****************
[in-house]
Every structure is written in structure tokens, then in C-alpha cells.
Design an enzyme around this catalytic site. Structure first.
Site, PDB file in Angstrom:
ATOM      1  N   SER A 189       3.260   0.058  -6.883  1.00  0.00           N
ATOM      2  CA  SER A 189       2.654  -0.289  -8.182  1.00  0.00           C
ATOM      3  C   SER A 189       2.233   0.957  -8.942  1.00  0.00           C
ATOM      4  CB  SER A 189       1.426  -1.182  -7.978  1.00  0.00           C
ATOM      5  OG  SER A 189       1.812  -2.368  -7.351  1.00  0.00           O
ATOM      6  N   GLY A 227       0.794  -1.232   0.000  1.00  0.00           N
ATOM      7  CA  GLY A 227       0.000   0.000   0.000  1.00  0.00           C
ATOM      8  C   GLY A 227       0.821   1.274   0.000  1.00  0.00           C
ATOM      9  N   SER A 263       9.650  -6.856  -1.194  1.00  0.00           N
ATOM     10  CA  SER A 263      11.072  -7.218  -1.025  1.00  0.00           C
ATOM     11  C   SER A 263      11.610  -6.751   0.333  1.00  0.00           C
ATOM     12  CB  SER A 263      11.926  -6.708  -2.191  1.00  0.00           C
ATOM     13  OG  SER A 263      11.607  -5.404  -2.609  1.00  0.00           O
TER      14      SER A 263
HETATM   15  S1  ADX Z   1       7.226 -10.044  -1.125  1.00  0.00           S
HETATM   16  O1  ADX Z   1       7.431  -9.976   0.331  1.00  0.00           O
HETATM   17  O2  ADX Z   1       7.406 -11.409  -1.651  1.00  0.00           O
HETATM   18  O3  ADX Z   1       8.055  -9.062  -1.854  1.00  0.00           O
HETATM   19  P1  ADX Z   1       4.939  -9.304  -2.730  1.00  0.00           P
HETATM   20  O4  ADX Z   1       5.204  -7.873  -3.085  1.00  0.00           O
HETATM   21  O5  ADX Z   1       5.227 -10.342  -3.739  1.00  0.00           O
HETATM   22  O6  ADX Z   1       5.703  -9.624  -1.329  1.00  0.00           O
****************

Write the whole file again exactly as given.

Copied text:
[in-house]
Every structure is written in structure tokens, then in C-alpha cells.
Design an enzyme around this catalytic site. Structure first.
Site, PDB file in Angstrom:
ATOM      1  N   SER A 189       3.260   0.058  -6.883  1.00  0.00           N
ATOM      2  CA  SER A 189       2.654  -0.289  -8.182  1.00  0.00           C
ATOM      3  C   SER A 189       2.233   0.957  -8.942  1.00  0.00           C
ATOM      4  CB  SER A 189       1.426  -1.182  -7.978  1.00  0.00           C
ATOM      5  OG  SER A 189       1.812  -2.368  -7.351  1.00  0.00           O
ATOM      6  N   GLY A 227       0.794  -1.232   0.000  1.00  0.00           N
ATOM      7  CA  GLY A 227       0.000   0.000   0.000  1.00  0.00           C
ATOM      8  C   GLY A 227       0.821   1.274   0.000  1.00  0.00           C
ATOM      9  N   SER A 263       9.650  -6.856  -1.194  1.00  0.00           N
ATOM     10  CA  SER A 263      11.072  -7.218  -1.025  1.00  0.00           C
ATOM     11  C   SER A 263      11.610  -6.751   0.333  1.00  0.00           C
ATOM     12  CB  SER A 263      11.926  -6.708  -2.191  1.00  0.00           C
ATOM     13  OG  SER A 263      11.607  -5.404  -2.609  1.00  0.00           O
TER      14      SER A 263
HETATM   15  S1  ADX Z   1       7.226 -10.044  -1.125  1.00  0.00           S
HETATM   16  O1  ADX Z   1       7.431  -9.976   0.331  1.00  0.00           O
HETATM   17  O2  ADX Z   1       7.406 -11.409  -1.651  1.00  0.00           O
HETATM   18  O3  ADX Z   1       8.055  -9.062  -1.854  1.00  0.00           O
HETATM   19  P1  ADX Z   1       4.939  -9.304  -2.730  1.00  0.00           P
HETATM   20  O4  ADX Z   1       5.204  -7.873  -3.085  1.00  0.00           O
HETATM   21  O5  ADX Z   1       5.227 -10.342  -3.739  1.00  0.00           O
HETATM   22  O6  ADX Z   1       5.703  -9.624  -1.329  1.00  0.00           O